Budget panel divides by party; Republicans tie issue to potential successor for governor.

The Oregon Legislature’s budget committee, on a party-line vote Friday with multiple political implications, cleared a bill providing for automatic voter registration upon obtaining or renewing a driver’s license.

The bill is a top priority for Secretary of State Kate Brown, who is next in line of succession if Gov. John Kitzhaber resigns amid influence-peddling allegations against him and first lady Cylvia Hayes.

A couple of hours after the committee vote, Kitzhaber announced his resignation, effective Feb. 18, when Brown will be sworn in as Oregon's 38th governor.

House Bill 2177 went to a vote of the full House with all committee Democrats for it and all Republicans against it. A similar bill failed on a tie vote in the Senate after the House passed it in 2013.

Democrats, however, have slightly larger majorities in both chambers this session, and Republicans acknowledged privately they lacked the votes to stop the bill.

“Let’s call it for what it is: This is a bill to elect more Democrats,” says Sen. Fred Girod, R-Lyons.

Girod also says that the bill “came from the person who will be our next governor.”

Brown would be governor until the 2016 general election, when voters would elect someone to complete the remaining two years of the term that Kitzhaber started on Jan. 12.

Brown was not present for Friday's vote, but her spokesman, Tony Green, was, as was her deputy secretary, Robert Taylor.

“Kate is very pleased about the progress of her top legislative priority, which will take a major step towards achieving her goal of putting a ballot in the hands of every eligible Oregonian,” Green said afterward.

The bill would register people automatically upon obtaining or renewing a driver’s license, if they are not already registered, and authorize the Driver and Motor Vehicle Services Division to transfer those records electronically to Oregon’s 36 counties and a statewide voter registration system.

It would bar transfer of records of those under age 18, those who are in the United States legally but are not citizens, and some people such as police officers and survivors of domestic violence whose records are not made public.

New voters would have 21 days, by returning a postcard, to opt out of registration or to choose a party affiliation. If they do not choose the latter, they would be enrolled with no party, a status known as “nonaffiliated,” not to be confused with the Independent Party — which now has major-party status.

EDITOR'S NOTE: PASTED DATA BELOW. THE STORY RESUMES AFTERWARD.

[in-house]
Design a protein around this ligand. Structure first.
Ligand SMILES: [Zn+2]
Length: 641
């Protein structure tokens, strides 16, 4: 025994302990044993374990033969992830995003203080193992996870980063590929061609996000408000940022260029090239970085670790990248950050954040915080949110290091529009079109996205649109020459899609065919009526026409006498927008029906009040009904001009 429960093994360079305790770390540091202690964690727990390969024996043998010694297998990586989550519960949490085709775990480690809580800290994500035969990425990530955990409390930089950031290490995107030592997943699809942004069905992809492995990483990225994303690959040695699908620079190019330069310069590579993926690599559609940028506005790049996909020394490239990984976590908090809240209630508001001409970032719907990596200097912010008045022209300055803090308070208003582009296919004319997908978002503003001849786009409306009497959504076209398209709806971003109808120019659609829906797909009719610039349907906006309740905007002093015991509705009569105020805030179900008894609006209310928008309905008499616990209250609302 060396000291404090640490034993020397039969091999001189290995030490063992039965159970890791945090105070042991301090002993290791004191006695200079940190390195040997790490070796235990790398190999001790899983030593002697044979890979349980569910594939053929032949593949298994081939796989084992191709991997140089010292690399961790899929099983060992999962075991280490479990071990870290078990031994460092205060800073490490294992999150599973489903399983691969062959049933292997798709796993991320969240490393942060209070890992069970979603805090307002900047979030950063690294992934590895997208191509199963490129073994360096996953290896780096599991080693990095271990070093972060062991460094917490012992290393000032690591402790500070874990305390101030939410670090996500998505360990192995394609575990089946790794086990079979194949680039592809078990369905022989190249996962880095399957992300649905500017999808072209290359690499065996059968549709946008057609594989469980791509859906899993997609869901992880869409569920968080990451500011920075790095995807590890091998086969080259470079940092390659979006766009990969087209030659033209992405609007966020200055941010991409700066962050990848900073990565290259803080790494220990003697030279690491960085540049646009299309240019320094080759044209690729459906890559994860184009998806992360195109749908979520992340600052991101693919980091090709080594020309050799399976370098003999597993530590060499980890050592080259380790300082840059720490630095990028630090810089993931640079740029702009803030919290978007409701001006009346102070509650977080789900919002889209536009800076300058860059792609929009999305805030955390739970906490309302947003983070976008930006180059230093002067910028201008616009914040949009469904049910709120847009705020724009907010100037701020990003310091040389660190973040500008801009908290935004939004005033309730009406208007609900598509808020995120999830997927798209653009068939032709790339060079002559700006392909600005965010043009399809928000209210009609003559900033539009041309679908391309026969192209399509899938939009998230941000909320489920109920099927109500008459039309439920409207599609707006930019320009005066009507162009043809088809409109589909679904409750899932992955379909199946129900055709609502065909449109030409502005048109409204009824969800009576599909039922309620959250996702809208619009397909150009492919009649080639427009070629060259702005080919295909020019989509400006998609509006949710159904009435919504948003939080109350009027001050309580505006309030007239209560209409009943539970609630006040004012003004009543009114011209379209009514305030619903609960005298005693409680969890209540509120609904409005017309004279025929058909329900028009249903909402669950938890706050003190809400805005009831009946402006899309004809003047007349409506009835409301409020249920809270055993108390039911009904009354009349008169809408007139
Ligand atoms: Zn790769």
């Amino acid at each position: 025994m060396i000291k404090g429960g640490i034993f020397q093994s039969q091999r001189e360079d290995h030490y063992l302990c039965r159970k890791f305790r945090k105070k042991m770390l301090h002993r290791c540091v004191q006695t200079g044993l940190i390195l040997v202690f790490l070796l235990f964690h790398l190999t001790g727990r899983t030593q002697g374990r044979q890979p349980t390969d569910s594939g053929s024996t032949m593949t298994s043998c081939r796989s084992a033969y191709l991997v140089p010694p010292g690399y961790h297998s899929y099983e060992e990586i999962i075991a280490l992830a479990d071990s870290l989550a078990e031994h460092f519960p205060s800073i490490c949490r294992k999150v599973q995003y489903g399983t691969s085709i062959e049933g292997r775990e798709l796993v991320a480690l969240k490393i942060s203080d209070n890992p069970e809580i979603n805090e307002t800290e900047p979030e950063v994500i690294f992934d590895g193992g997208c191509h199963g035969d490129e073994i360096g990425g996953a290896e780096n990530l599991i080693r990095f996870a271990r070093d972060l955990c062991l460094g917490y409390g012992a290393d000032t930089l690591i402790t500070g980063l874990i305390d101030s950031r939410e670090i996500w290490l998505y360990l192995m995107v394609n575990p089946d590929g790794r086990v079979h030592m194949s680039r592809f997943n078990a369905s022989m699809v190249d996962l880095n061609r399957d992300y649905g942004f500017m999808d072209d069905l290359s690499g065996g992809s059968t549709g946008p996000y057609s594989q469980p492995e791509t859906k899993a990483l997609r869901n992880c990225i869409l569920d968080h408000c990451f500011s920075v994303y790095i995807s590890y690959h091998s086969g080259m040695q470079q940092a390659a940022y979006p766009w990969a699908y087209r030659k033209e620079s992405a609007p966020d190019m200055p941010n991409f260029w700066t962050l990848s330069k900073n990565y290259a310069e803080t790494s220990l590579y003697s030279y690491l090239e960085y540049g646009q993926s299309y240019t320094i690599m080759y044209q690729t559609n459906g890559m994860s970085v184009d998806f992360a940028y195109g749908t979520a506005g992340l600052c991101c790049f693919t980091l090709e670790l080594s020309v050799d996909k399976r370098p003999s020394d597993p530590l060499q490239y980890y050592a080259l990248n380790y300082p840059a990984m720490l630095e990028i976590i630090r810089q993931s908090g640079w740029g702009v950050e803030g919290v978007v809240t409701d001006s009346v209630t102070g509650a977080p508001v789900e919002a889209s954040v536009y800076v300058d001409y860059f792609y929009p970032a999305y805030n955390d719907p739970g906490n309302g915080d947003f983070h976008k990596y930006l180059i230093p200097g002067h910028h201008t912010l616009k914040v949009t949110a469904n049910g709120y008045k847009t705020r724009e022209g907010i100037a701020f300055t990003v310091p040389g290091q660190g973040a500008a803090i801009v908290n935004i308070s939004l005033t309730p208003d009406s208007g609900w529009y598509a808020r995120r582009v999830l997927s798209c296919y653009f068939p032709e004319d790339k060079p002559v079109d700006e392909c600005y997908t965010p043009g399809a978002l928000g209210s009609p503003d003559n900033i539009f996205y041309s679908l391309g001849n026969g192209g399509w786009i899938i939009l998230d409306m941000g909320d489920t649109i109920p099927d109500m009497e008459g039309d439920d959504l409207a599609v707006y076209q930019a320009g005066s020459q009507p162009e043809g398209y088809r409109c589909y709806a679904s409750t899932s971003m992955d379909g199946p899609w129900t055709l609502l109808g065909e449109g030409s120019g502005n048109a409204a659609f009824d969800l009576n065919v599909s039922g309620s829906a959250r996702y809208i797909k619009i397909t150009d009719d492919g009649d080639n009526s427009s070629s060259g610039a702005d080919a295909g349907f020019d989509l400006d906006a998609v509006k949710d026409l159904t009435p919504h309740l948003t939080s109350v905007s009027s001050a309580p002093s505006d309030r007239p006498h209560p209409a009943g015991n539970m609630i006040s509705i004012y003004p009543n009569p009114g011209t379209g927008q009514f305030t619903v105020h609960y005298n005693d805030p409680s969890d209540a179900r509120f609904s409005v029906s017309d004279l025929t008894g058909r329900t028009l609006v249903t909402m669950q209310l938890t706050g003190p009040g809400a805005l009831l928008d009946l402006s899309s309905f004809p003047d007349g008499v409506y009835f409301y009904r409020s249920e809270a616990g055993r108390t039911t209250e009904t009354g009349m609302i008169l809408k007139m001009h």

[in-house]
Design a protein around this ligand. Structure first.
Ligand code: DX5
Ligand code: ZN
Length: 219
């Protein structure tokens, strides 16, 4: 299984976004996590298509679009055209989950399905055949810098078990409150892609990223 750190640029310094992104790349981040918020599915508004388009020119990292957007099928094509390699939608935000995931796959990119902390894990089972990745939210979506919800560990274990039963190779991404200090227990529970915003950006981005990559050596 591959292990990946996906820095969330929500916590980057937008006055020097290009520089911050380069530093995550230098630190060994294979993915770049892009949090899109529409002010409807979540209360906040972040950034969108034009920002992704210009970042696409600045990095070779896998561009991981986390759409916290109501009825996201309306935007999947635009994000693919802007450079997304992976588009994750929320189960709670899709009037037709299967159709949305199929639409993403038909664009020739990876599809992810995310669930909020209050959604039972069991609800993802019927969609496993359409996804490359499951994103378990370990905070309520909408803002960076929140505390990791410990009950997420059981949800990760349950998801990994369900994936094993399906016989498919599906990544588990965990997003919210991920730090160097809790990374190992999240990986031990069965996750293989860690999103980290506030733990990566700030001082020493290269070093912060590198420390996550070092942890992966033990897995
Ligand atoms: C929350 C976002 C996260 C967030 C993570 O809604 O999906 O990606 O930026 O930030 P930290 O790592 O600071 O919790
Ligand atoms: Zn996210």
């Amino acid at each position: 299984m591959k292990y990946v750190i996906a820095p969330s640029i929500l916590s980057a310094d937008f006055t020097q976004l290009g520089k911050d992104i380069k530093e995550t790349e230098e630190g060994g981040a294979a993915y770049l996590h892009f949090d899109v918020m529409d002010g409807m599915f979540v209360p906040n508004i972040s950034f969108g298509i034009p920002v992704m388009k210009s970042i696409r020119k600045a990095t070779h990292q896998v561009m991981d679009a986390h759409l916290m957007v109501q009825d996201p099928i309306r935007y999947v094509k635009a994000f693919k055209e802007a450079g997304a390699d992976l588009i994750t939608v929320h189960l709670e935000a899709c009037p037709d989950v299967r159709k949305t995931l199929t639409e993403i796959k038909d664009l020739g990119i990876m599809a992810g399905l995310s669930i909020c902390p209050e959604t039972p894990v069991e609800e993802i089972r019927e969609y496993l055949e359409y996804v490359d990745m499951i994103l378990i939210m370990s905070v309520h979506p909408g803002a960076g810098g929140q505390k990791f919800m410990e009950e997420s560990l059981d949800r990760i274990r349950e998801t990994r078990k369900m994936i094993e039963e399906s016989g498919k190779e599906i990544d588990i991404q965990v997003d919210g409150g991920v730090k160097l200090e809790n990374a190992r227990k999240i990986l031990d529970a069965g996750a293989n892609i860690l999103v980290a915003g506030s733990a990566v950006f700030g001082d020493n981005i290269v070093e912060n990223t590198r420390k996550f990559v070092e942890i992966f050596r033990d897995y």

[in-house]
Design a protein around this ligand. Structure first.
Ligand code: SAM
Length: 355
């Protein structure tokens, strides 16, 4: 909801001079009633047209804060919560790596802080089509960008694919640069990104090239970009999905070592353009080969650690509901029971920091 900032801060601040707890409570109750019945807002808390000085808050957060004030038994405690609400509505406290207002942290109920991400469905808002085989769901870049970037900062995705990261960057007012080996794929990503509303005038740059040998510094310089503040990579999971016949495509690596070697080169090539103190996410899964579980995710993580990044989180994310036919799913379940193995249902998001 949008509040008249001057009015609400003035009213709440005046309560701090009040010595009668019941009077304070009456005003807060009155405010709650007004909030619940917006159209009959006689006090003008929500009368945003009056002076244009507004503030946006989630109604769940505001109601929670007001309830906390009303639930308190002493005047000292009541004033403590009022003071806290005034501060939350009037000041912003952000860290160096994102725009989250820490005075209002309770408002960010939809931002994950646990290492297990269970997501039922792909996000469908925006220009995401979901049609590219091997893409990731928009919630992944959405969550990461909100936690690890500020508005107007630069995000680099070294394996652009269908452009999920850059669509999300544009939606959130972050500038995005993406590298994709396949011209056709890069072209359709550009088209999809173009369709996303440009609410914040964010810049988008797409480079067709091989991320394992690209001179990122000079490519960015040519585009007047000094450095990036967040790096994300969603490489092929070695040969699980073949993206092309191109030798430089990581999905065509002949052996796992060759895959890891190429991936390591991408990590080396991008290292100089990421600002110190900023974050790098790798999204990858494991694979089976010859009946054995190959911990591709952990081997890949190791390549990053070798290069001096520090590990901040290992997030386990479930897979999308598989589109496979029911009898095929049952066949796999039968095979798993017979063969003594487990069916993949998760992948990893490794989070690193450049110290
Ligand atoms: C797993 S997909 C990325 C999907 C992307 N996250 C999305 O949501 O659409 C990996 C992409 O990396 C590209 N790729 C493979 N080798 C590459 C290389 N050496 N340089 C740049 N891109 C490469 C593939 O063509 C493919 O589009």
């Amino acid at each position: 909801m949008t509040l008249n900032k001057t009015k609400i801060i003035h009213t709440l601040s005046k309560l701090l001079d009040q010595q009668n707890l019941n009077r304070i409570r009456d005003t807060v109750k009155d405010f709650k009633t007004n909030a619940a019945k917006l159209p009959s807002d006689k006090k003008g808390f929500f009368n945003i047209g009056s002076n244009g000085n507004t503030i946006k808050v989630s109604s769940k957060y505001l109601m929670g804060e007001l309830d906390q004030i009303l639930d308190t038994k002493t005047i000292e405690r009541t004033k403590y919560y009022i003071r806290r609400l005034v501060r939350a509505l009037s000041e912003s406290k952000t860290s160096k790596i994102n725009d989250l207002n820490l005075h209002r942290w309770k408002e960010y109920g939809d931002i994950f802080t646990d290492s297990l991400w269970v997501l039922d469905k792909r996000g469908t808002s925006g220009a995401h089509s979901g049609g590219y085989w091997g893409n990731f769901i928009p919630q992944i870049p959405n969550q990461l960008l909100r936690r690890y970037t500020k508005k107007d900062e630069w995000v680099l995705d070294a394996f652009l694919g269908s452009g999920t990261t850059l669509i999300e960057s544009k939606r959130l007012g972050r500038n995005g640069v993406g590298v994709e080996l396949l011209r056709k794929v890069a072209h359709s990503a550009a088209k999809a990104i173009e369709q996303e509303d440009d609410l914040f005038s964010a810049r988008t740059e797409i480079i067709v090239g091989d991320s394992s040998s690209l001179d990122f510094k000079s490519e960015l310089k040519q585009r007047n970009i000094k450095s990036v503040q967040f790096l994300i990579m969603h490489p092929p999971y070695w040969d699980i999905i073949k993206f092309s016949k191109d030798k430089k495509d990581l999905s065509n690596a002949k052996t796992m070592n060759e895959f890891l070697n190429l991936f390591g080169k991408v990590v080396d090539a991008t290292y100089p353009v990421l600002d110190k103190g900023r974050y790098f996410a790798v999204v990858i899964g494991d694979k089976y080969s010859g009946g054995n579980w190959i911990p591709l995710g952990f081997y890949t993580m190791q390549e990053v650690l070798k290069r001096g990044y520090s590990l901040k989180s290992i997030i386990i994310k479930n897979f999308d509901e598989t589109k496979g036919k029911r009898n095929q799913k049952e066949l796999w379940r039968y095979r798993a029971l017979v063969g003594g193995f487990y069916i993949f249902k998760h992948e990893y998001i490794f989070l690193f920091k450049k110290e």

“I believe it will empower and qualify more nonaffiliated voters,” says Rep. David Gomberg, D-Otis.

Republicans, in addition to partisan implications, raised questions about computer security — the secretary of state had a data breach in 2014 — and adequate funding for counties, many in cash-strapped rural areas.

Brown says Oregon does well in participation of registered voters in elections, but not so well in the proportion of citizens registered to vote.

Estimates are that 400,000 would be added to Oregon’s current total of just under 2.2 million registered. Green says that would constitute about half of the 800,000 eligible but currently unregistered voters.

Sen. Alan Bates, D-Medford, says he recalls that he was ineligible to vote when he was 19 and an Army draftee in Vietnam. The voting age was lowered from 21 to 18 in Oregon in 1971, and for federal elections starting in 1972.

“We should make it easy for people to vote in this country with minimal barriers,” Bates says. “That’s why I’m supporting this bill.”

Sen. Jackie Winters, R-Salem, has on display in her Salem office a certificate of her grandfather paying a poll tax to enable him to vote in Topeka, Kan. Such a tax was outlawed for federal elections by a constitutional amendment in 1964, and for state elections by the federal courts by 1966.

“I do not want to trivialize the most precious gift we have in this country,” she says.

Although the bill cleared the committee with identical 7-5 votes from Senate and House members, it took a call to summon Rep. Betty Komp, D-Woodburn, who was home ill. Senate President Peter Courtney, D-Salem, also invoked his prerogative to sit and vote on any committee to cast a vote for the bill.

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Adds that vote was taken a couple of hours before John Kitzhaber announced his resignation as governor and Secretary of State Brown will succeed him Feb. 18 Also corrects reference to Sen. Winters' grandfather paying a poll tax.